Vincent, Chrissy D. (Christa Dawn) (2008) An attempt to experimentally demonstrate the attractiveness bias. Masters thesis, Memorial University of Newfoundland.
- Accepted Version
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There exists a large body of psychological research suggesting that attractive people tend to be judged and treated more favorably than unattractive people in a wide variety of social settings. Much of the research on this attractiveness bias, however, has simply relied upon natural variation to separate target individuals into groups of differing attractiveness levels. The current study sought to employ the mere exposure effect to achieve an experimental manipulation of attractiveness, thereby separating attractiveness from any covariates that may have potentially confounded it in these prior studies. Participants were exposed to pictures of target individuals while engaged in a distracting task, and later rated those same targets on attractiveness, sociability, relationship happiness, and career success. The purpose of the experiment was to investigate whether exposure frequency influenced the latter three judgments, and whether that influence was mediated by perceived attractiveness. Unfortunately, mere exposure failed to affect attractiveness ratings, so the intended analysis could not be performed. Explanations for the lack of exposure effects based on both cognitive load and classical conditioning theories are discussed.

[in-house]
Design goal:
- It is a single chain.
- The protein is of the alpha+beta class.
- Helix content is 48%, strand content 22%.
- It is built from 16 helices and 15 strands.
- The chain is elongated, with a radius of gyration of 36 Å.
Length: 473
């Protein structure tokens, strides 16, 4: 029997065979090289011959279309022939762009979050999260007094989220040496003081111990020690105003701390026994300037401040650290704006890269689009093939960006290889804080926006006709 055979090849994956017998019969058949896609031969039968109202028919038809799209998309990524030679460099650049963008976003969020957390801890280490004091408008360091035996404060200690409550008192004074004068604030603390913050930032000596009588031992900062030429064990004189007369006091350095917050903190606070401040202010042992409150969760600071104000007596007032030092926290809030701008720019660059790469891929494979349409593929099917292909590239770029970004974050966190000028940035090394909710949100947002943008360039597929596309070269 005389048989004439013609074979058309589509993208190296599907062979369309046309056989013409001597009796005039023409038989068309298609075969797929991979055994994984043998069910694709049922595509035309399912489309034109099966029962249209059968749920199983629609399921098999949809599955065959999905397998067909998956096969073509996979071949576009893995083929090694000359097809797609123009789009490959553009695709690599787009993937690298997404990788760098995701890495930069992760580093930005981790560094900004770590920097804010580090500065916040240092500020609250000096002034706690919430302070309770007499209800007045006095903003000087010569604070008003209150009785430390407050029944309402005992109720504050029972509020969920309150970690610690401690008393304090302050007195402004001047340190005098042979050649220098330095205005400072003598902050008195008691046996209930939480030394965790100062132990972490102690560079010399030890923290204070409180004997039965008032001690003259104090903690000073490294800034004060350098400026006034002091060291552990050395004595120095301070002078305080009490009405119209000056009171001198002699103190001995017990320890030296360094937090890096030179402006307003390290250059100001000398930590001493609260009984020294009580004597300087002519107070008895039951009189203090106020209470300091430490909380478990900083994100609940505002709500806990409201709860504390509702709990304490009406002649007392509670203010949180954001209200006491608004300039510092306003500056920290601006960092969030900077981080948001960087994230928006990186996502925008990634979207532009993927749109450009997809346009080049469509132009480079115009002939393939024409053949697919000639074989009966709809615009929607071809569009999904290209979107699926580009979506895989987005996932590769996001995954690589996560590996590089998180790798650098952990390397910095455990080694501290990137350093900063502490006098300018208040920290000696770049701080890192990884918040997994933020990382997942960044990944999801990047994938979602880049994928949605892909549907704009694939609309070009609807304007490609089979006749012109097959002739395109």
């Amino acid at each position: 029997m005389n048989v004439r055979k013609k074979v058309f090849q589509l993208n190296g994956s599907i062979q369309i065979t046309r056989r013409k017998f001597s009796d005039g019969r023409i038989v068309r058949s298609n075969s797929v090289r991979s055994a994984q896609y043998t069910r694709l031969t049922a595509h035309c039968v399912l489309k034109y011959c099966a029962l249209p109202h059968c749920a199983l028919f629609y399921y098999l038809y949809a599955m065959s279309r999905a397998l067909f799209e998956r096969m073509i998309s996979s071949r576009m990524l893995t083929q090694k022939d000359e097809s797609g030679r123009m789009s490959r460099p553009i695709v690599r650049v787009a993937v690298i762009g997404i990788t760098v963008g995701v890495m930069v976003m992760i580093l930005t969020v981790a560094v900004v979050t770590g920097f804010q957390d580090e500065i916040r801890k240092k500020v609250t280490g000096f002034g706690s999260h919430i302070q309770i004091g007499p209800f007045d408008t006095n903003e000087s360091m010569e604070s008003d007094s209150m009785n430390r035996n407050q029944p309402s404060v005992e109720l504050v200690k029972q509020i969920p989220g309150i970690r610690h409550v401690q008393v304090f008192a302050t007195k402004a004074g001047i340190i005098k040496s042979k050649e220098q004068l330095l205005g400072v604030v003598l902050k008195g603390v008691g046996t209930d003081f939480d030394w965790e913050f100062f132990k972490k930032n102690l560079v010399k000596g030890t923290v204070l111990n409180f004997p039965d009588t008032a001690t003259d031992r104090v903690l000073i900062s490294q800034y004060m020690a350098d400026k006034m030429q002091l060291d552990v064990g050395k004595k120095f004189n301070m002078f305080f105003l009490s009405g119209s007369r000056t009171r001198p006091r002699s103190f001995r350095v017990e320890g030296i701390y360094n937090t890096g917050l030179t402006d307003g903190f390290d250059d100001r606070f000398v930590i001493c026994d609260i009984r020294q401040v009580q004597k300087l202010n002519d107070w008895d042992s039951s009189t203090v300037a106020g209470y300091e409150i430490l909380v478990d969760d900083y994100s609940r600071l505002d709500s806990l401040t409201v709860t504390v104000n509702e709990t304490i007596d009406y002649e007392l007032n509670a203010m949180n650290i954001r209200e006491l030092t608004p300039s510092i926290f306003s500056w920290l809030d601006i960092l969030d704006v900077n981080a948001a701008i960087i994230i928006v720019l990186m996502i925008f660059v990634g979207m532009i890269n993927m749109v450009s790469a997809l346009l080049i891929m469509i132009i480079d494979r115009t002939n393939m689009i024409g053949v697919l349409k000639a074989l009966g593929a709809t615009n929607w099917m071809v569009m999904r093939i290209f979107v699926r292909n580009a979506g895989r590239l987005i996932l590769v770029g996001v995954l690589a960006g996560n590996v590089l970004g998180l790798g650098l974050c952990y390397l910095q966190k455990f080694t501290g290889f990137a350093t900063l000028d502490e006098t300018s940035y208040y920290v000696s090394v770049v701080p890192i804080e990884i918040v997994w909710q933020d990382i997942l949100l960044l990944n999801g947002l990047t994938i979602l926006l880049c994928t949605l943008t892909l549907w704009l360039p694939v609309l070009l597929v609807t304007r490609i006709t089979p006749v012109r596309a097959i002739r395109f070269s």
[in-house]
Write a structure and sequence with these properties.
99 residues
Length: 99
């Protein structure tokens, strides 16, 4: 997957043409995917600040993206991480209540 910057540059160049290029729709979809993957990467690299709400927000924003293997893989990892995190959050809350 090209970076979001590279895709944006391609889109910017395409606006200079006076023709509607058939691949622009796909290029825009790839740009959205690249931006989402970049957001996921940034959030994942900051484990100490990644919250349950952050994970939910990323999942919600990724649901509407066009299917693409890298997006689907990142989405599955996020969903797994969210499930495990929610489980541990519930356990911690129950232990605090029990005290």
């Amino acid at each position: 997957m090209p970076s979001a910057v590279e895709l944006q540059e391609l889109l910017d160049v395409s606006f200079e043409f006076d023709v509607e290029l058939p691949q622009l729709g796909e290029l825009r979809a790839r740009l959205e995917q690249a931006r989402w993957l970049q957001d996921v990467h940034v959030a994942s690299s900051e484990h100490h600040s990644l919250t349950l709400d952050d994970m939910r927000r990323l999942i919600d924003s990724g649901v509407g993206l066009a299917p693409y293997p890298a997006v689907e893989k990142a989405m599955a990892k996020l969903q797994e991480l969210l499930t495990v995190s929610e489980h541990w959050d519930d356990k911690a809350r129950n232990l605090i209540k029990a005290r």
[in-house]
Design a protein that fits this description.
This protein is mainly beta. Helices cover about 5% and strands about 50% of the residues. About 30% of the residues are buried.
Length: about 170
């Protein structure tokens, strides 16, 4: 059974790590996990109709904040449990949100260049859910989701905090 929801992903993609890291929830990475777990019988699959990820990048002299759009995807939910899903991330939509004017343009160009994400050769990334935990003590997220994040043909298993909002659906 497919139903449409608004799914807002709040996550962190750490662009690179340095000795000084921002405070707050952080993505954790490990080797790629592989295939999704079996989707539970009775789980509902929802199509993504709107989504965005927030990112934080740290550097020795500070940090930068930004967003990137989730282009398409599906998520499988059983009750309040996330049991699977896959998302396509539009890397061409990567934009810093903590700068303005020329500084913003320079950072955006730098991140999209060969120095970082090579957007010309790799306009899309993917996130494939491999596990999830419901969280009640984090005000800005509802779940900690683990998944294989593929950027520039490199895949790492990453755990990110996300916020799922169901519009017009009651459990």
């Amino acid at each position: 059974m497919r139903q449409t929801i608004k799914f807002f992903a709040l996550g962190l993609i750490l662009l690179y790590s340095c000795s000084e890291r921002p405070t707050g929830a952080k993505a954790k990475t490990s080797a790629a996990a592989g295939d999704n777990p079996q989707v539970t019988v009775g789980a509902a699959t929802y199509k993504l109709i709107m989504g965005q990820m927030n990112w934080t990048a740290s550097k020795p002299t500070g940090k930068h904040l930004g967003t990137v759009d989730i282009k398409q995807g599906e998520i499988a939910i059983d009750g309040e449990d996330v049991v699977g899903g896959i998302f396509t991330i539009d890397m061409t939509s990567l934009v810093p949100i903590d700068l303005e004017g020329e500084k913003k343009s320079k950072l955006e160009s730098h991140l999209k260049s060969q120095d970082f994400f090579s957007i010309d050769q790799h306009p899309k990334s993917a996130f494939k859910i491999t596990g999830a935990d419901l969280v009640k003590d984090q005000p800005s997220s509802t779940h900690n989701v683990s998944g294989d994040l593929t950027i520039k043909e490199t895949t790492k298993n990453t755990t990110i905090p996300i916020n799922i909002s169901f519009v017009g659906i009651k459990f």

|Item Type:||Thesis (Masters)|
|Additional Information:||Includes bibliographical references (leaves 36-46)|
|Department(s):||Humanities and Social Sciences, Faculty of > Psychology
Science, Faculty of > Psychology
|Library of Congress Subject Heading:||Discrimination; Interpersonal attraction; Judgement|
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